Path integrals in polymer science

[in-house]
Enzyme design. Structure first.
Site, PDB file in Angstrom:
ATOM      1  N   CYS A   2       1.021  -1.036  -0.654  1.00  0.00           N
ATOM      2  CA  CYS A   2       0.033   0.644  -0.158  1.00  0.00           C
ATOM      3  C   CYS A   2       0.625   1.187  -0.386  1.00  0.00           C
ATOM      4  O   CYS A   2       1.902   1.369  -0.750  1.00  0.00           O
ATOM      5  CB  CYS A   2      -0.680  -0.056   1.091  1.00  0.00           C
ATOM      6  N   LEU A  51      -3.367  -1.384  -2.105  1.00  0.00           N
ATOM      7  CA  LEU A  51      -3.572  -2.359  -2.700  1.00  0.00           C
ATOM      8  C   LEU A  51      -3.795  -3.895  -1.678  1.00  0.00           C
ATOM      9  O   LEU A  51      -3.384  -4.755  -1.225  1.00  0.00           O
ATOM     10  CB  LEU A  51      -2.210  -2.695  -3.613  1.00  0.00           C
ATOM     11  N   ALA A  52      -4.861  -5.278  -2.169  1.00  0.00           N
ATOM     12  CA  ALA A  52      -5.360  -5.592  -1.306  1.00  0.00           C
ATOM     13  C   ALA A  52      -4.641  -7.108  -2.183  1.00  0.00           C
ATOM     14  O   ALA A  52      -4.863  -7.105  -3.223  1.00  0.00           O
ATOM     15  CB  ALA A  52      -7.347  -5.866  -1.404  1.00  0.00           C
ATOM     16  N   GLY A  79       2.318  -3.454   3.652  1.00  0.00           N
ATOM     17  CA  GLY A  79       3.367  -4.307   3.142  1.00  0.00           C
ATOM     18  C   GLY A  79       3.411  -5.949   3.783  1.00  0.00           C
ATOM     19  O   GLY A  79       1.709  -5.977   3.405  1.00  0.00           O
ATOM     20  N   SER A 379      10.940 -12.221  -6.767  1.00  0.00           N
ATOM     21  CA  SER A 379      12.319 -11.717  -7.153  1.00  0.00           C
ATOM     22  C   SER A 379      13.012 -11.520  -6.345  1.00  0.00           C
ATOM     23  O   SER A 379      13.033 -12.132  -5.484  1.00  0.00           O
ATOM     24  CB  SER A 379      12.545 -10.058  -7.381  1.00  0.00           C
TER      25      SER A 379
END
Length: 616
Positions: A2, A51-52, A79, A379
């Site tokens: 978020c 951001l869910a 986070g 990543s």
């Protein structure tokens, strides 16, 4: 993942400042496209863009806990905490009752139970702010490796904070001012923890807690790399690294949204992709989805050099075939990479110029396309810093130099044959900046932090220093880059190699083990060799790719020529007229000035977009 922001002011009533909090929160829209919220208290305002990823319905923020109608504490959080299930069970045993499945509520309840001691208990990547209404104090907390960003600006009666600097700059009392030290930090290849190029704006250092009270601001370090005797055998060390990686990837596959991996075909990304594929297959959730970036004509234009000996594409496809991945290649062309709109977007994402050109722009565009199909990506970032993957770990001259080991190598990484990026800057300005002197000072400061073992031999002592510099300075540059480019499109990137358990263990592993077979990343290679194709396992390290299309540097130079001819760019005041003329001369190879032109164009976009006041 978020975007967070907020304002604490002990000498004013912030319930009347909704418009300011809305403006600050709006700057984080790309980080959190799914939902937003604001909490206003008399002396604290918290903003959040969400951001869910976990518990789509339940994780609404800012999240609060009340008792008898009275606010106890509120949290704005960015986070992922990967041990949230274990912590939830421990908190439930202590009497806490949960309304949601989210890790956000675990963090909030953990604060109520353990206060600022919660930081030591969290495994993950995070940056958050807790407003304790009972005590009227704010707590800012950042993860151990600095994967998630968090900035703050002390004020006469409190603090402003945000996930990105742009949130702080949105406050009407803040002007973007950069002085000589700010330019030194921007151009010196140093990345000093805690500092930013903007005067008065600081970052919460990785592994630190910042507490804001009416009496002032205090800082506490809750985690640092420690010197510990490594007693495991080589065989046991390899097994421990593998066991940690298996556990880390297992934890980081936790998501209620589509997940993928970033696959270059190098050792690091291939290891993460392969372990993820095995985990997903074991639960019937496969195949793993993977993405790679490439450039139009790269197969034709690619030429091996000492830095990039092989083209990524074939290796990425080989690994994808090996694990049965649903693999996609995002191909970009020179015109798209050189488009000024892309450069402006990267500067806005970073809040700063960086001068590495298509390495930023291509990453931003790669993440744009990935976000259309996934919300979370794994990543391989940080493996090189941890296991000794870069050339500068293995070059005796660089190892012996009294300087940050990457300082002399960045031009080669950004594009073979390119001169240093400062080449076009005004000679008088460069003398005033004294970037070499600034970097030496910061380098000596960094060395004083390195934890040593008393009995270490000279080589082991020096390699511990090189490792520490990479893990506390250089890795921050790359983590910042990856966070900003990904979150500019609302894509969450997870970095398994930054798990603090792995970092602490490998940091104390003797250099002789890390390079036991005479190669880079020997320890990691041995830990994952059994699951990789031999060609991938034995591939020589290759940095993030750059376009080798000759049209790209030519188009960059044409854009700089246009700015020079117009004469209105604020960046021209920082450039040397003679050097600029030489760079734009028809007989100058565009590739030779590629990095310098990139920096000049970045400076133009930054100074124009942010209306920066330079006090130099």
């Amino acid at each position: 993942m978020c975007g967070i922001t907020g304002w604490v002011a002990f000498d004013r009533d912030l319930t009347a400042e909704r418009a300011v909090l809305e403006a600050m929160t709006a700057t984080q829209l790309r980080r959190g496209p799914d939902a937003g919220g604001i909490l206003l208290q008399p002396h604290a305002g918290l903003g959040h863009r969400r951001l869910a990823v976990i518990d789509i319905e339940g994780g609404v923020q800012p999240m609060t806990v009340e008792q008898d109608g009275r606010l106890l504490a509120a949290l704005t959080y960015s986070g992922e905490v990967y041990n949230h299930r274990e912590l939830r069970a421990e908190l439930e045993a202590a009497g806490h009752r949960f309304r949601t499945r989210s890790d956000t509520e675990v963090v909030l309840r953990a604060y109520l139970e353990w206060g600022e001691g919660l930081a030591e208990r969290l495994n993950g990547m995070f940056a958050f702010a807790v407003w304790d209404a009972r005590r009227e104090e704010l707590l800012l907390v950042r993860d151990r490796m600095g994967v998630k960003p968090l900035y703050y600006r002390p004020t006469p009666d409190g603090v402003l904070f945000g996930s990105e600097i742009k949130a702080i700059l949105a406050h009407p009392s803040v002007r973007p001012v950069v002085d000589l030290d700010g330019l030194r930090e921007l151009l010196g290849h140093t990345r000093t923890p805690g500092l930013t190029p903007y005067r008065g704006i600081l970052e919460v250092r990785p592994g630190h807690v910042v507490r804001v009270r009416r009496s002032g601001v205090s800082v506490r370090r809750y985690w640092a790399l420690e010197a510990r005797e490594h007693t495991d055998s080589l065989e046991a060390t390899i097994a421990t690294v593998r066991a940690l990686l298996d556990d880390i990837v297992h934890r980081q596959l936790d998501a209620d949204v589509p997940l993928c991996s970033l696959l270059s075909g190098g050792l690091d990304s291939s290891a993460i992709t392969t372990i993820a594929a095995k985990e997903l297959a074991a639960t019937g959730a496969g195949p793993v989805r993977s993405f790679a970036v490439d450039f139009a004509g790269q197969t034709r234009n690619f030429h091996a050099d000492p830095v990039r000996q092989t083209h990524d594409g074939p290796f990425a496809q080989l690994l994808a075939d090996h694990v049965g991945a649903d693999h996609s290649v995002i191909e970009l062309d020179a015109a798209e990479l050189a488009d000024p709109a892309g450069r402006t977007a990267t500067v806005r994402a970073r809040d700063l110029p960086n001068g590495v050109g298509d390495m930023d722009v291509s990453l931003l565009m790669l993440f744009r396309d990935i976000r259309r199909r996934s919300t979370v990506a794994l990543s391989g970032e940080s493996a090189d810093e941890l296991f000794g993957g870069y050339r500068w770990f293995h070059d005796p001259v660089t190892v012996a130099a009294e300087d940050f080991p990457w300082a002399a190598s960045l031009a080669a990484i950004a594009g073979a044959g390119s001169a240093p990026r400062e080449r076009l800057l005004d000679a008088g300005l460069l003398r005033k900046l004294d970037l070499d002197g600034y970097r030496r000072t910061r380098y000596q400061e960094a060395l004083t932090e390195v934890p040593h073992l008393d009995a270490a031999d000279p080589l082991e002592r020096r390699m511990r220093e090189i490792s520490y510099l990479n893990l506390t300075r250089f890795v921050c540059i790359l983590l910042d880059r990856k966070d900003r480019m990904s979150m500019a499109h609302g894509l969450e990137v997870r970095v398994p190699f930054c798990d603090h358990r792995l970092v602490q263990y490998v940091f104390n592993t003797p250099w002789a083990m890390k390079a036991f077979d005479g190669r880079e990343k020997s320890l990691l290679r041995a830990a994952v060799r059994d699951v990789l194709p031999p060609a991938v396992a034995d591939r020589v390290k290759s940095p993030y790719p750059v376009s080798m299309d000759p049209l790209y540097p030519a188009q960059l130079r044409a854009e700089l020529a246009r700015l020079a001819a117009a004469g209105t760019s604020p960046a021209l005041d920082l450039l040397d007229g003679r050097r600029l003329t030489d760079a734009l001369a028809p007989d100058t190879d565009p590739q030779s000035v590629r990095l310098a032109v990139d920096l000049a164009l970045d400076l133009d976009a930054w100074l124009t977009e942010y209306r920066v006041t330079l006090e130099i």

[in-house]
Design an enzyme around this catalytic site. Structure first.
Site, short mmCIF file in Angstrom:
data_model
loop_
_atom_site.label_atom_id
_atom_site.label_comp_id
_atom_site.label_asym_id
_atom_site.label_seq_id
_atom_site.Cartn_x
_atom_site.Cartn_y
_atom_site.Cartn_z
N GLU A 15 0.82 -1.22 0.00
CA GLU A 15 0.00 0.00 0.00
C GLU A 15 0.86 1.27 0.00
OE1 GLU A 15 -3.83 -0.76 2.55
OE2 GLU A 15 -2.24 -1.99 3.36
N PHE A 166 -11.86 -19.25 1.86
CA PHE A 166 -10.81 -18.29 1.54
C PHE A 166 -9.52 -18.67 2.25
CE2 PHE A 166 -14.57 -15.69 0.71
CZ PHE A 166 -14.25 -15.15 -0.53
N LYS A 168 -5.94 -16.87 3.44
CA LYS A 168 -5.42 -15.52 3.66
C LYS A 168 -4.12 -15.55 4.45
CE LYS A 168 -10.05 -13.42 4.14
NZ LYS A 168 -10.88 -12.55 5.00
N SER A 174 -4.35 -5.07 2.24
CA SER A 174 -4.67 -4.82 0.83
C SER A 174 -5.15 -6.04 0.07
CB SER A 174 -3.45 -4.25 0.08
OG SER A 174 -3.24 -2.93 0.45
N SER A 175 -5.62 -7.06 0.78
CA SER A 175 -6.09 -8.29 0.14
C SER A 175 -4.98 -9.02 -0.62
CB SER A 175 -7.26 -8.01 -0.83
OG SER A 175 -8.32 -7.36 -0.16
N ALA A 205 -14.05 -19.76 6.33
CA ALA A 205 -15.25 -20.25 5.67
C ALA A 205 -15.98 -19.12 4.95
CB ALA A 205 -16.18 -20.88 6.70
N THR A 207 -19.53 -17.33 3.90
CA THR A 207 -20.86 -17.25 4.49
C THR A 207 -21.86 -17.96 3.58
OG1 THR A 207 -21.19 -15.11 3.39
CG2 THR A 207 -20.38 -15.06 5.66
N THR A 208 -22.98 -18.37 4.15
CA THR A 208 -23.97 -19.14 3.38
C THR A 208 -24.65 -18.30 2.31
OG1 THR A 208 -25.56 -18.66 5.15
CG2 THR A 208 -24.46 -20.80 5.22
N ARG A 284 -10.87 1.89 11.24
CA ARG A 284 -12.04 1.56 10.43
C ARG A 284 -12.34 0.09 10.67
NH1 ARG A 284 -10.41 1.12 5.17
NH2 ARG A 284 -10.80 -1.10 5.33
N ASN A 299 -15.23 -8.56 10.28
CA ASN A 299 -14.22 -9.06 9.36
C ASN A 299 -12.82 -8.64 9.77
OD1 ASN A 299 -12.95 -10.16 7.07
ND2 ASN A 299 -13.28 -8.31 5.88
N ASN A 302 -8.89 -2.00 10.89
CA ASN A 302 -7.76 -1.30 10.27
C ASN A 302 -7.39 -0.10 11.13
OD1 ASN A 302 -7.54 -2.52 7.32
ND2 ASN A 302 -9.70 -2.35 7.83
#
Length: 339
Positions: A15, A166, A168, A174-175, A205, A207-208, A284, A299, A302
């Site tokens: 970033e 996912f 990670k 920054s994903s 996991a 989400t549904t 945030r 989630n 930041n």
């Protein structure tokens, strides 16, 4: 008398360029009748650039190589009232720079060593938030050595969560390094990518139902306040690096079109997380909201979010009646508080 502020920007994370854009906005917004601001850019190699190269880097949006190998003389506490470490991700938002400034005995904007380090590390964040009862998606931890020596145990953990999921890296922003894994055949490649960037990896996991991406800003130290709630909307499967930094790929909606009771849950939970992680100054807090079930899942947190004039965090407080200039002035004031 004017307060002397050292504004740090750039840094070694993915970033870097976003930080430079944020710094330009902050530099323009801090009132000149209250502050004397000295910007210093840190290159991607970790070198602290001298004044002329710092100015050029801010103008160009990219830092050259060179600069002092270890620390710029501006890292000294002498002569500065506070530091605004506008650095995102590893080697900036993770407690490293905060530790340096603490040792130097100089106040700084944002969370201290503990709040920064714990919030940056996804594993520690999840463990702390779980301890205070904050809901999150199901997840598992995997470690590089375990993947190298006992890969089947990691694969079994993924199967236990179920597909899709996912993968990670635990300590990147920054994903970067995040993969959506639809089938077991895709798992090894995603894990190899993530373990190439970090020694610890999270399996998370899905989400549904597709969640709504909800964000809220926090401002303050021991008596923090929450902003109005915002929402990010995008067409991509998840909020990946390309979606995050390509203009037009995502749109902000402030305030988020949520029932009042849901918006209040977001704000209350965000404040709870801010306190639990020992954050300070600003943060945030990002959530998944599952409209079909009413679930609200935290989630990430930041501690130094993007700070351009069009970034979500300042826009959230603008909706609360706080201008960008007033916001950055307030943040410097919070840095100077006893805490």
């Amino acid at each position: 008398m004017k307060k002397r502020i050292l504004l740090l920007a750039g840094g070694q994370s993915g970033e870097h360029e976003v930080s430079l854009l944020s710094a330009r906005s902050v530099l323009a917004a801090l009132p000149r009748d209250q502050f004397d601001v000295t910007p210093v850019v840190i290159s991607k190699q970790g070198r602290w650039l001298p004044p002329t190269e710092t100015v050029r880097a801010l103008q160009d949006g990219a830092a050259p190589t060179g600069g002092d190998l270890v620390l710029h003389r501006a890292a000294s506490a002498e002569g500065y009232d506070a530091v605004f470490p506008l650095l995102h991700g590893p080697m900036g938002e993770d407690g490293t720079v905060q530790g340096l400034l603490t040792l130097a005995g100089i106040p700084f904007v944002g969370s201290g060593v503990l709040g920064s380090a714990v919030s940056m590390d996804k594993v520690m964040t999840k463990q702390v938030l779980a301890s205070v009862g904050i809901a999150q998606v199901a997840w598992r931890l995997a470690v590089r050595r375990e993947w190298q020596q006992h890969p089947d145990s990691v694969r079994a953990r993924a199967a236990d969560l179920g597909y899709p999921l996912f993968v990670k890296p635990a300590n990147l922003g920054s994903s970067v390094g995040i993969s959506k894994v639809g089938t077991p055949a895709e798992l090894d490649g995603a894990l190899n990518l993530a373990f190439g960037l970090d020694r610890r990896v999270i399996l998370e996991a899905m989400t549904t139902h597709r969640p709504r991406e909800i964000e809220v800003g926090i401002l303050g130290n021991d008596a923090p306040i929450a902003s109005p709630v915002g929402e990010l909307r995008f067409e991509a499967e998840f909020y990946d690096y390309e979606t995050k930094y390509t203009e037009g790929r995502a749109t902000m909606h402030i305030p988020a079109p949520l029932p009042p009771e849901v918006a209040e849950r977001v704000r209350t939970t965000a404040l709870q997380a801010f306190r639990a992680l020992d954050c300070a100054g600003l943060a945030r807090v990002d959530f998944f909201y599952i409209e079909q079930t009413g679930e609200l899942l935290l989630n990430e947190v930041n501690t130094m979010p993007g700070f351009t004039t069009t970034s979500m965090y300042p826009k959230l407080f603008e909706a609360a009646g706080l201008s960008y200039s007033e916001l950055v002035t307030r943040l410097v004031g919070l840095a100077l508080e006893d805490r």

A polymer is a macromolecule, composed of many similar or identical repeated subunits. Polymers are common, but not limited to organic media. They range from familiar synthetic plastics to natural biopolymers such as DNA and proteins. Their unique elongated molecular structure produces unique physical properties, including toughness, viscoelasticity, and a tendency to form glasses and semicrystalline structures. The modern concept of polymers as covalently bonded macromolecular structures was proposed in 1920 by Hermann Staudinger.One sub-field in the study of polymers is polymer physics. As a part of soft matter studies, Polymer physics concerns itself with the study of mechanical properties and focuses on the perspective of condensed matter physics.Because polymers are such large molecules, bordering on the macroscopic scale, their physical properties are usually too complicated for solving using deterministic methods. Therefore, statistical approaches are often implemented to yield pertinent results. The main reason for this relative success is that polymers constructed from a large number of monomers are efficiently described in the thermodynamic limit of infinitely many monomers, although in actuality they are obviously finite in size.Thermal fluctuations continuously affect the shape of polymers in liquid solutions, and modeling their effect requires using principles from statistical mechanics and dynamics. The path integral approach falls in line with this basic premise and its afforded results are unvaryingly statistical averages. The path integral, when applied to the study of polymers, is essentially a mathematical mechanism to describe, count and statistically weigh all possible spacial configuration a polymer can conform to under well defined potential and temperature circumstances. Employing path integrals, problems hitherto unsolved were successfully worked out: Excluded volume, entaglment, links and knots to name a few. Prominent contributes to the development of the theory include Nobel laureate P.G. de Gennes, M.Doi, F.W. Wiegel and H. Kleinert.